global knowledge that is useful for the study of a performance measurement subsystem.
The remainder of this paper is organized as follows. The next section proposes a framework of
the evolution of OE and performance measurement models, and reviews the organizational
theory and management accounting literature related to these models. Thereafter, the two streams
of research are compared in terms of convergences and divergences.
EVOLUTION OF ORGANIZATIONAL EFFECTIVENESS AND PERFORMANCE
Organizational theory has spawned a rich body of literature that has had a major influence on
management accounting studies (Hopper and Powell 1985). Since the 1950s, numerous studies
within the organizational theory literature have focused on understanding the concept of
effectiveness. As a newer field of research, management accounting has built on this knowledge
to develop several performance measurement models. The aim of this section is to illustrate the
specific evolution of the OE and performance measurement models.
Framework of analysis
Metaphorically, the evolution of OE and performance measurement models can be compared to
the paths of two brothers that have been raised similarly. Despite similar parental and
environmental influences, the two brothers progress differently and choose their own way.
Nonetheless, the older brother is expected to exert an influence on his younger brother. In this
perspective, one could say that the OE and performance measurement models have evolved
differently in response to similar theoretical and practical pressures. As the older brother, the OE
models have significantly influenced the performance measurement models. In essence,
organizational effectiveness represents the outcome of organizational activities while
performance measurement consists of an assessment tool to measure effectiveness.
Note that the terms performance and effectiveness are used interchangeably because
problems related to their definition, measurement and explanation are virtually identical (March
and Sutton 1997). Over a 35-year period, a survey of four leading management journals shows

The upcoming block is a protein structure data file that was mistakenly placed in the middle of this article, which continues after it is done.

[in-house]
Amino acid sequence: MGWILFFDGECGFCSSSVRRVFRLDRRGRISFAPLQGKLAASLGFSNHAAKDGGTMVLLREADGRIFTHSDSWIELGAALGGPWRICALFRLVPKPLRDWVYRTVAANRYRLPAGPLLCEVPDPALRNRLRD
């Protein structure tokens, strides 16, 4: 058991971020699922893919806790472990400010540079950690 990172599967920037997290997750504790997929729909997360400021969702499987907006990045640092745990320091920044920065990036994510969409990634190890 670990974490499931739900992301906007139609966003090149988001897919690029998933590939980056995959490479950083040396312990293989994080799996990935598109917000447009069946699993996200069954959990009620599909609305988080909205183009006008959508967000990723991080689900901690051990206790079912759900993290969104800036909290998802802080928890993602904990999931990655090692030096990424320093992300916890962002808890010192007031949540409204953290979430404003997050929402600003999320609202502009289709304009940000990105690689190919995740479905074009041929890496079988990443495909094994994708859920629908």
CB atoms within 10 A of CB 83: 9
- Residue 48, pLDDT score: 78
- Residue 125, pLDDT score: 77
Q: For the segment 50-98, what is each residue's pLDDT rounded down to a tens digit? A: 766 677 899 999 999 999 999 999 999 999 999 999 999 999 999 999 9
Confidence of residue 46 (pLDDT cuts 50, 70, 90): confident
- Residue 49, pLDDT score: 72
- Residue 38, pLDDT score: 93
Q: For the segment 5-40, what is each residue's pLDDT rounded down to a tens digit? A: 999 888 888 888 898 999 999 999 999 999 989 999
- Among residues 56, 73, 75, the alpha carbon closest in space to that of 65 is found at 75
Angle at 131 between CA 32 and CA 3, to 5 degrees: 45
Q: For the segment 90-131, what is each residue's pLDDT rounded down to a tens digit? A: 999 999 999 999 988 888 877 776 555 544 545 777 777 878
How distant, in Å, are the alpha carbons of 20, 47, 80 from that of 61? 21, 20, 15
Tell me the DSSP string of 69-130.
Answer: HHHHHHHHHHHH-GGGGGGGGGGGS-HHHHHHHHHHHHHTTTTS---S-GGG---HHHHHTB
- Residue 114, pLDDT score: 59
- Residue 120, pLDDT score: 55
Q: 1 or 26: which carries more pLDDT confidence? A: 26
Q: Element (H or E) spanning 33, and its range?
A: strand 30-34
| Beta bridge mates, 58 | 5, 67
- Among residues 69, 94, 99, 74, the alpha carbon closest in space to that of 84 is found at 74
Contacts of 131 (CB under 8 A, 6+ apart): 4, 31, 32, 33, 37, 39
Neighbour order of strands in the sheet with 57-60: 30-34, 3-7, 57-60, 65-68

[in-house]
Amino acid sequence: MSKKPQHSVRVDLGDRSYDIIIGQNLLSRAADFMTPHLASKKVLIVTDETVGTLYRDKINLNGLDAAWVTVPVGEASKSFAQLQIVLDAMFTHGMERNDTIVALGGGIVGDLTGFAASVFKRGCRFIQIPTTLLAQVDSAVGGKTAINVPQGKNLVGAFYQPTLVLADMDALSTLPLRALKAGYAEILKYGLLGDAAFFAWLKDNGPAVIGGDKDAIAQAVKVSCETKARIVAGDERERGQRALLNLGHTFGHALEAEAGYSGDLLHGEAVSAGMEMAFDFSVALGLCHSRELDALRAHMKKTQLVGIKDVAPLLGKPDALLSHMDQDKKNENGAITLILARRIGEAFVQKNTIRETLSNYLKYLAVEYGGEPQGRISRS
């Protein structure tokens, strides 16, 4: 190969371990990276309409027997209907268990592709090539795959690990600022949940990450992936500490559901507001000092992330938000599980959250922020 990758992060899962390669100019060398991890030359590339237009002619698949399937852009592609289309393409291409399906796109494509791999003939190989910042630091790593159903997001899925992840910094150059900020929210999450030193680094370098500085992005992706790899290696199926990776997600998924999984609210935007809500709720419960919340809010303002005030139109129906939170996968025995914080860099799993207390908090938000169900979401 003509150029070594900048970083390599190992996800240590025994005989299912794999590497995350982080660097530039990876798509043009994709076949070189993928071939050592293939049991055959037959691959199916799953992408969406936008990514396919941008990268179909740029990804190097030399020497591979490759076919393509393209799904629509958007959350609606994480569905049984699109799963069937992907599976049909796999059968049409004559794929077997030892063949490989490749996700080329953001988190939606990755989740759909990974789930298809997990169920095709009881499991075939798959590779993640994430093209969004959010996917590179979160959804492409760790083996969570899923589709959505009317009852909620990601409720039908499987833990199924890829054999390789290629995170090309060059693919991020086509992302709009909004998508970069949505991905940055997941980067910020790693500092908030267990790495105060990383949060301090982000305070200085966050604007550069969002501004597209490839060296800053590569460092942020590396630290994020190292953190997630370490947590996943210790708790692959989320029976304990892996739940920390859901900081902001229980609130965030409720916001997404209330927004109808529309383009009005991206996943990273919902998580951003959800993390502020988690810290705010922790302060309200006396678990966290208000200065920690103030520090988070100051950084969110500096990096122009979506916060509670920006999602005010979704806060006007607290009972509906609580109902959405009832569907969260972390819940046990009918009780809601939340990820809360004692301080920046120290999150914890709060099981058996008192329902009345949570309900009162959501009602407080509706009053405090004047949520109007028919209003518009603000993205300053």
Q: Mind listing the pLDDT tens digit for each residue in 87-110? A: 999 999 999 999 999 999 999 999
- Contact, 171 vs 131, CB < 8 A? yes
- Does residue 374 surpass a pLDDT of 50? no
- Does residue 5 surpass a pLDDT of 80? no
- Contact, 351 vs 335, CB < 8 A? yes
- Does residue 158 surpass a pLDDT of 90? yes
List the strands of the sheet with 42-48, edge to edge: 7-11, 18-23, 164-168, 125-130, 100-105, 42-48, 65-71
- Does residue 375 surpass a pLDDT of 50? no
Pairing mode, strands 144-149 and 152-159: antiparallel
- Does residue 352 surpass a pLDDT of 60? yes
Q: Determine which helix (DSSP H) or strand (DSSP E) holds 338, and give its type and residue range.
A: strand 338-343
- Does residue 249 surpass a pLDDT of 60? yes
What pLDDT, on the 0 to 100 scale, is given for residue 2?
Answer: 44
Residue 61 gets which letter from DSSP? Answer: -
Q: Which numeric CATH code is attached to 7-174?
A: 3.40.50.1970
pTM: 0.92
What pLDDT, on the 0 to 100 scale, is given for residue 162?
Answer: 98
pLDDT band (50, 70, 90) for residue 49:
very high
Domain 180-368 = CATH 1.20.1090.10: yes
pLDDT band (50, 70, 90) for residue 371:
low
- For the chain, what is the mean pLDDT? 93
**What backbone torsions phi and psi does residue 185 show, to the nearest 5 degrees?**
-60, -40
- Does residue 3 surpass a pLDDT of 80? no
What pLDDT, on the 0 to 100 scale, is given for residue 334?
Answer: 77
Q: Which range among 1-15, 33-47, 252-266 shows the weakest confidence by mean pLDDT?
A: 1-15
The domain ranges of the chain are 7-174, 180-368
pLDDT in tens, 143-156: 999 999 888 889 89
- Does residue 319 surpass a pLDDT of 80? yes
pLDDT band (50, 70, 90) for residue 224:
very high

that the two concepts are not independent and that until 1978, effectiveness and performance
dominated the literature interchangeably. Since then, performance has become the most
dominant concept (Shenhav, Shrum and Alon 1994). In this paper, even if a specific distinction
is sometimes made between the two terms, performance and effectiveness are considered
similar concepts.3 However, performance and performance measurement must not be
confused; the former represents an outcome whereas the latter is a measurement tool.
Figure 1 summarizes the specific evolution of OE and performance measurement models in
response to theoretical and practical pressures: OE models reflect a construct perspective while
the latter embody a process perspective. The influence of organizational theory on management
accounting literature is also underscored, as is the presence of convergences and divergences.
Each of the elements of the figure is discussed in detail below.
Insert figure 1
Organizational effectiveness (or performance) mainly reflects a construct perspective in which
the focus is on the definition of the concept in terms of assessment and conceptualization
(Goodman, Pennings and Associates 1977). The aim is to determine properties and dimensions
encompassed by the concept (Scott 1977). The explanation of effectiveness variation and the
search for its true causal structure represent one of the most enduring themes in the study of
organizations (March and Sutton 1997). For example, Chakravarthy (1986) identifies different
conceptions of effectiveness including profitability, financial-market, multi-stakeholder
satisfaction, and quality of firms transformations.
Initially focused on the achievement of goals (goal models), the OE models gradually considered
the resources and processes necessary to attain those goals (system models), the powerful
constituencies gravitating around the organization (strategic-constituencies model), the values on
which the evaluation of effectiveness are grounded (competing values model) and the absence of
ineffectiveness factors as a source of effectiveness (ineffectiveness model).
In contrast, performance measurement endorses a process perspective where the focus is on the
internal process of quantifying the effectiveness and the efficiency of action with a set of metrics